Letter on Victoria drainage contains inaccuracies
Published: December 29, 2008 in Letters
In response to a letter appearing in the Stabroek News dated December 27,
captioned 'Little effort made to alleviate the flood sufferings of Victoria'
written by Desmond Saul, I would like to address several inaccuracies
It is important to note from the outset that Guyana, like many parts of the
world, is experiencing unprecedented weather patterns fuelled by climate
change resulting in periods of extreme high-intensity rainfall.
Further, drainage in the Victoria areas is managed at the local level by the
Neighbourhood Democratic Council and the Regional Democratic Council. The
National Drainage and Irrigation Authority (NDIA) which usually undertakes
works in the primary system is always open to recommendations and
constructive criticism, and in fact, has had a number of engagements with Mr
Saul. However, a number of the writer's assertions smack of a deliberate
attempt to mislead the public by insinuating that certain communities are
being intentionally neglected and deprived of interventions needed to remove
water from the land caused by the historic level of rainfall.
It is also ironic that Mr Saul would claim the NDIA's actions have
contributed to flooding when there were two occasions when an individual
tampered with drainage structures in the Belfield/Victoria area which
resulted in flooding.
In fact the intervention of the Regional Chairman was sought on one occasion
at the start of the rainy season.
The facts are as follows: at the start of the rainy season dredging of
critical primary drainage systems commenced at Greenfield, Belfield and
Sluices at Victoria and Golden Grove were put into operation and all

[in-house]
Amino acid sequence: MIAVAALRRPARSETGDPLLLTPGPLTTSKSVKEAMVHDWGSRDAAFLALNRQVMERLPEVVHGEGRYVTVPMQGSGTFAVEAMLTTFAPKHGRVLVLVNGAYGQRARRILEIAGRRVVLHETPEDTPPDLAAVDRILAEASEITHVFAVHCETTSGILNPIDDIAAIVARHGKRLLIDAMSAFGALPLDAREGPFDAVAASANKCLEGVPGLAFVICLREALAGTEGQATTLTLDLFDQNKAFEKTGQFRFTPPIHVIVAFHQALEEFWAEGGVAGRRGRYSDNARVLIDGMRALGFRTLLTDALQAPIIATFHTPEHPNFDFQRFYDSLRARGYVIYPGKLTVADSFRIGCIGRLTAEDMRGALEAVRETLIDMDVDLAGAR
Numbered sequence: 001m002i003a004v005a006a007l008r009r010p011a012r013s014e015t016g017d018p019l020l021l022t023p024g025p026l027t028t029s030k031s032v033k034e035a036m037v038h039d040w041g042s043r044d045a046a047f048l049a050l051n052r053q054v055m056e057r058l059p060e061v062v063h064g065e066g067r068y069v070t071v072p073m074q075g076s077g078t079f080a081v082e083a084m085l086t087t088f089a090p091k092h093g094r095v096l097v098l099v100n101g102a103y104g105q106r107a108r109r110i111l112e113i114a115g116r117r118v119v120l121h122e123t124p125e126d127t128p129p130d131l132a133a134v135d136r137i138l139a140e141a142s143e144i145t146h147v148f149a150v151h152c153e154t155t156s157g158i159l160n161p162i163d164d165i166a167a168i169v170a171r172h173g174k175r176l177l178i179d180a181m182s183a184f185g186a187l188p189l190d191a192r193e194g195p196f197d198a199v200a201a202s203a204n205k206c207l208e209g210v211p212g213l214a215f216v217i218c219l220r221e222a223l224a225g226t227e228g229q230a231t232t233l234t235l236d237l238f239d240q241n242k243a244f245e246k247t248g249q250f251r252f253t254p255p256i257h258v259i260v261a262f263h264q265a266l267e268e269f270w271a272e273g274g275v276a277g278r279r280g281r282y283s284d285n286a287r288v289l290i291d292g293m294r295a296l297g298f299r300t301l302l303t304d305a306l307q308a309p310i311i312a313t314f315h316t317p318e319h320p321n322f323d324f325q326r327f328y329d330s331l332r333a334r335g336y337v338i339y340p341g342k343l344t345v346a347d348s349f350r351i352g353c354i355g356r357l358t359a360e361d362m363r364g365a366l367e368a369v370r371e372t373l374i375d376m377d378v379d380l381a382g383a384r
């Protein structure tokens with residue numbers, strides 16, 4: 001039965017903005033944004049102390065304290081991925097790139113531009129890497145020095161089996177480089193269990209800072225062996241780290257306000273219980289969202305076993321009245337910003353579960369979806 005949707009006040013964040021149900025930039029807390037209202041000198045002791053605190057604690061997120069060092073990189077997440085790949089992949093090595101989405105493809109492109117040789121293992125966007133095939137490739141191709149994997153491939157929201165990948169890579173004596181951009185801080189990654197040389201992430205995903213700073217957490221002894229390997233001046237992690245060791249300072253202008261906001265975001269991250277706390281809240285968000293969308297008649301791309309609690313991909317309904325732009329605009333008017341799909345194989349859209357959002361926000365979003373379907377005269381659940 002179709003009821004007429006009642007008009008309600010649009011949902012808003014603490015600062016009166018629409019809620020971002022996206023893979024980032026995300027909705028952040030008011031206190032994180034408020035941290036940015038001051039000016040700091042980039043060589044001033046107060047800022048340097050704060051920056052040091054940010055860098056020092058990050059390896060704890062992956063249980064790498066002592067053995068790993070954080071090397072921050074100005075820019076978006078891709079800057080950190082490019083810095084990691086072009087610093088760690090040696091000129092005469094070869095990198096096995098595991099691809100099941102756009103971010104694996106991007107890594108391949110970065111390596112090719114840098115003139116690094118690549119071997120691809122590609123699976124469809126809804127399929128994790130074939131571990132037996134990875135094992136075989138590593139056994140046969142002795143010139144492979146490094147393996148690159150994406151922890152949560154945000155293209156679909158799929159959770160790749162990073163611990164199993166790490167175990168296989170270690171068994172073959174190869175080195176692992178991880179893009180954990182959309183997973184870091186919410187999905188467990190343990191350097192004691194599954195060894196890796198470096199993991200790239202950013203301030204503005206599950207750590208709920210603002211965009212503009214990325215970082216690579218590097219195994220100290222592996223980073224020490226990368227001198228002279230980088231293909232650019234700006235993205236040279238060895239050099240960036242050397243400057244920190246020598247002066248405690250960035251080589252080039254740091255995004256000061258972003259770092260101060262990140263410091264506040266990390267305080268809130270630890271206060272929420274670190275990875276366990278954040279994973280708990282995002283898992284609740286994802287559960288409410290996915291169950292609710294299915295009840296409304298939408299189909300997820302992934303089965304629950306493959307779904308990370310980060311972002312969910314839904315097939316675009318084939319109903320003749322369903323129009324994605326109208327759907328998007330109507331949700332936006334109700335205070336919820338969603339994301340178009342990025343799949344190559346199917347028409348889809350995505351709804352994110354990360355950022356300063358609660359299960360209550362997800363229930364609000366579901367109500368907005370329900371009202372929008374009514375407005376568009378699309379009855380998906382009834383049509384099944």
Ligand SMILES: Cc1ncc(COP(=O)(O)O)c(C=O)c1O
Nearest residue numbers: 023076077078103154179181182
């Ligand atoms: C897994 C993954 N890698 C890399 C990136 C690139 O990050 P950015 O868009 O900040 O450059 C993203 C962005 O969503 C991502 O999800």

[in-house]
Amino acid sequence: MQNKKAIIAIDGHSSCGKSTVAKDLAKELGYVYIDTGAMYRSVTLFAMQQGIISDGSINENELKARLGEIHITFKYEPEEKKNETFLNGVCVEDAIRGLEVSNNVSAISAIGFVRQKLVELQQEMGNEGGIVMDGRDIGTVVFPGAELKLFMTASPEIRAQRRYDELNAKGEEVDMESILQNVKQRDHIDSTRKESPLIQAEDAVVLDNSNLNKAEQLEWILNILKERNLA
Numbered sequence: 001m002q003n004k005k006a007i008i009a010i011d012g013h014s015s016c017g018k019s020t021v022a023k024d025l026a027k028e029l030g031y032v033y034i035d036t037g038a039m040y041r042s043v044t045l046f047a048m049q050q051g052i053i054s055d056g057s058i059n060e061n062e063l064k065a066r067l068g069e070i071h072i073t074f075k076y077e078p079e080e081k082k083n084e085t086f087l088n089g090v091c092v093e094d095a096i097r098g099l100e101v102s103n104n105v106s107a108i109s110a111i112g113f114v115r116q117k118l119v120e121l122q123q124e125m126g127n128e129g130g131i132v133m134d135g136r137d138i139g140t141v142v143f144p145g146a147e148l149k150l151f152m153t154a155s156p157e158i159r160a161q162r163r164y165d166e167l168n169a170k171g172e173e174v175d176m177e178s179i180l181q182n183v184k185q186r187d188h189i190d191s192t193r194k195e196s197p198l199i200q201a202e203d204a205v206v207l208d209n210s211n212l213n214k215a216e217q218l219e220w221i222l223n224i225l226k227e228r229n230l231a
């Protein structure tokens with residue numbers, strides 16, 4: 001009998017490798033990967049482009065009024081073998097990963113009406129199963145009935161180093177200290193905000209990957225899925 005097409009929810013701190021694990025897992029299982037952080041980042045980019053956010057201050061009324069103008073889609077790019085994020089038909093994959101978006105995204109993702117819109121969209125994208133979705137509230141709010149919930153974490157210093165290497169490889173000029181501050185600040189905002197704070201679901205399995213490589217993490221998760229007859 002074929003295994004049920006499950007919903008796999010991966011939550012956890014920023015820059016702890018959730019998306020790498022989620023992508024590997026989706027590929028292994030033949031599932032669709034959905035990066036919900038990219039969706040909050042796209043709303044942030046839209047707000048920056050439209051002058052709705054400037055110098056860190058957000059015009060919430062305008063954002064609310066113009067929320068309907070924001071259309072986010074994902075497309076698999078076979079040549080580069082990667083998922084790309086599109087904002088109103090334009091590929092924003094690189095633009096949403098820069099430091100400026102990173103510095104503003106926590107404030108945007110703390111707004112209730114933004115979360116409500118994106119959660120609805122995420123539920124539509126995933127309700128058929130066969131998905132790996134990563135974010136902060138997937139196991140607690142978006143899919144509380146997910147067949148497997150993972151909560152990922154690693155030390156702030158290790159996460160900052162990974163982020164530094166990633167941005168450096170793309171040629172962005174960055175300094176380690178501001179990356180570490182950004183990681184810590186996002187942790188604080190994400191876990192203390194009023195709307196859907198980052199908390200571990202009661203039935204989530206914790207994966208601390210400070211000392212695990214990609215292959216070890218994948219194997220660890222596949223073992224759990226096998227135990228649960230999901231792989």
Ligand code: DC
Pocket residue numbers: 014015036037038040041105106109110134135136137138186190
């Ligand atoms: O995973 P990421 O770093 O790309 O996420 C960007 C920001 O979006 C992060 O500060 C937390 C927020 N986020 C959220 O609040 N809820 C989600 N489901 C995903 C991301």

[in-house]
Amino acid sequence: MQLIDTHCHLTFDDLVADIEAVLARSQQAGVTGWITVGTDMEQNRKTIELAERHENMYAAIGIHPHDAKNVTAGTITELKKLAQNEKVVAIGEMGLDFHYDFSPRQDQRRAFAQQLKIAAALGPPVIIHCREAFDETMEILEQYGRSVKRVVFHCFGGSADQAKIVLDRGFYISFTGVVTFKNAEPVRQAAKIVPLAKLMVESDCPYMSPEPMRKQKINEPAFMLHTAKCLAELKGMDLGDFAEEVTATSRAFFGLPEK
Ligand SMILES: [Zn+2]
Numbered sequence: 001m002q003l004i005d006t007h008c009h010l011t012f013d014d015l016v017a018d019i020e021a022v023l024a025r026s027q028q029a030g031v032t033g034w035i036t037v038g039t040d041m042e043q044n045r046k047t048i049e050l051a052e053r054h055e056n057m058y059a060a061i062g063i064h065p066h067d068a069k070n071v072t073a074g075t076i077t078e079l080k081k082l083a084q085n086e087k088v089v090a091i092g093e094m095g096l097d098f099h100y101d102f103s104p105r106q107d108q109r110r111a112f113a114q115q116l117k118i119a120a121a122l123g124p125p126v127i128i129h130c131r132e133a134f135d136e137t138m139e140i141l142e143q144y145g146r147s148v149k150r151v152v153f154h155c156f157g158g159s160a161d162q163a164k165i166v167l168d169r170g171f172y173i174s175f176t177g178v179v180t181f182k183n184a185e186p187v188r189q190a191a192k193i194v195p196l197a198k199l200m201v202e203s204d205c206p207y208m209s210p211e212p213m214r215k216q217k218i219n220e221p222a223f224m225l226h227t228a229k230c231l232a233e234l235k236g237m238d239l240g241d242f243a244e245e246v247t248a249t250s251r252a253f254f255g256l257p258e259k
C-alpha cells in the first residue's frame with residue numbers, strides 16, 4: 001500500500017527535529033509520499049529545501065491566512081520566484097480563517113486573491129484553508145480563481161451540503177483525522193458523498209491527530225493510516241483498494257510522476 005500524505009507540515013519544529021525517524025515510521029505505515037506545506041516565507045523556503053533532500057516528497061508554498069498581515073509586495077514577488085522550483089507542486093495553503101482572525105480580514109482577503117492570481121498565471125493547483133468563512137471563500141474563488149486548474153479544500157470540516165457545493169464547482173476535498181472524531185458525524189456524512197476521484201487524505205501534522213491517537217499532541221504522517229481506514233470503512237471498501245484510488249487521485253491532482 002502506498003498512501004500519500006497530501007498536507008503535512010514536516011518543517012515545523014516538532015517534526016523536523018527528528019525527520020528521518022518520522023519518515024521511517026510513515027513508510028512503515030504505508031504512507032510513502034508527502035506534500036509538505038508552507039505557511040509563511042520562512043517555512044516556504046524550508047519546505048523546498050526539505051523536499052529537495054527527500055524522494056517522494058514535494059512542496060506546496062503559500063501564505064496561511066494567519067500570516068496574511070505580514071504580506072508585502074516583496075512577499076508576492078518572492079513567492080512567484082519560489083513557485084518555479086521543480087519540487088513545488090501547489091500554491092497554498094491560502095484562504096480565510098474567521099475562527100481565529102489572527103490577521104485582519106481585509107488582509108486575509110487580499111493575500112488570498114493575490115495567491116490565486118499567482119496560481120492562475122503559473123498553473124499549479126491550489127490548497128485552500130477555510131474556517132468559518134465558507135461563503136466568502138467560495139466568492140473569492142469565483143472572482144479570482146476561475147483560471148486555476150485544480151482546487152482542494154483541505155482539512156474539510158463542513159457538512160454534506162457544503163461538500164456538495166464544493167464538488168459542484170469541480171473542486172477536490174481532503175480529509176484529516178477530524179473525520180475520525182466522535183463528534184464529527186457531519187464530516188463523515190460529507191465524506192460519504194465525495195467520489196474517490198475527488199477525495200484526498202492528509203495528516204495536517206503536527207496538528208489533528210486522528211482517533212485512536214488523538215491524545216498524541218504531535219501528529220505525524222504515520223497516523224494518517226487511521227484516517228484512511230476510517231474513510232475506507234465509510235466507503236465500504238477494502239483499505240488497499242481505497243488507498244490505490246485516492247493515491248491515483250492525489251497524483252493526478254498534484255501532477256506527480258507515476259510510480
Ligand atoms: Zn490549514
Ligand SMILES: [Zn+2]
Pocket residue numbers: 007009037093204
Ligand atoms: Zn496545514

drainage structures were activated to release accumulated water.
An excavator and dragline were used to clean pump basins at Victoria, while
33 miles of canals and drains were rehabilitated between Victoria (a
community the writer falsely claims was neglected) and Golden Grove. As this
letter is being prepared, an excavator is in the community carrying out
emergency works to a tampered dam and the NDIA dredge is desilting the
Victoria Sluice outfall.
Mr Saul claims that all drainage water from surrounding villages flows into
Victoria and that this community is the lowest point in the area, hence, the
reason for continuous flooding. These claims are misguided and ill-informed
since records from the Guyana Lands and Surveys department indicate that the
areas of Annandale, Buxton and Friendship have an average height of 50.70gd
while the Craig, Victoria, Hope, Enmore areas have an average height of
51.25gd. The notion therefore that Victoria is the lowest point when
compared to neighbouring communities is a figment of the writer's
Additionally, a Water Users' Association and Community Development Council
(CDC) group operates in the Golden Grove/ Victoria communities, which
provides for continuous monitoring and maintenance of drainage systems on a
day-to-day basis. Is Mr Saul accusing these community-based groups of
depriving their own drainage?
It is also important to note that the NDIA undertakes drainage and
irrigation works based on technical advice and the availability of
resources, and remains committed to the maintenance and upgrading of all D&I
systems under its purview.
There is no other consideration and the track record of the body speaks for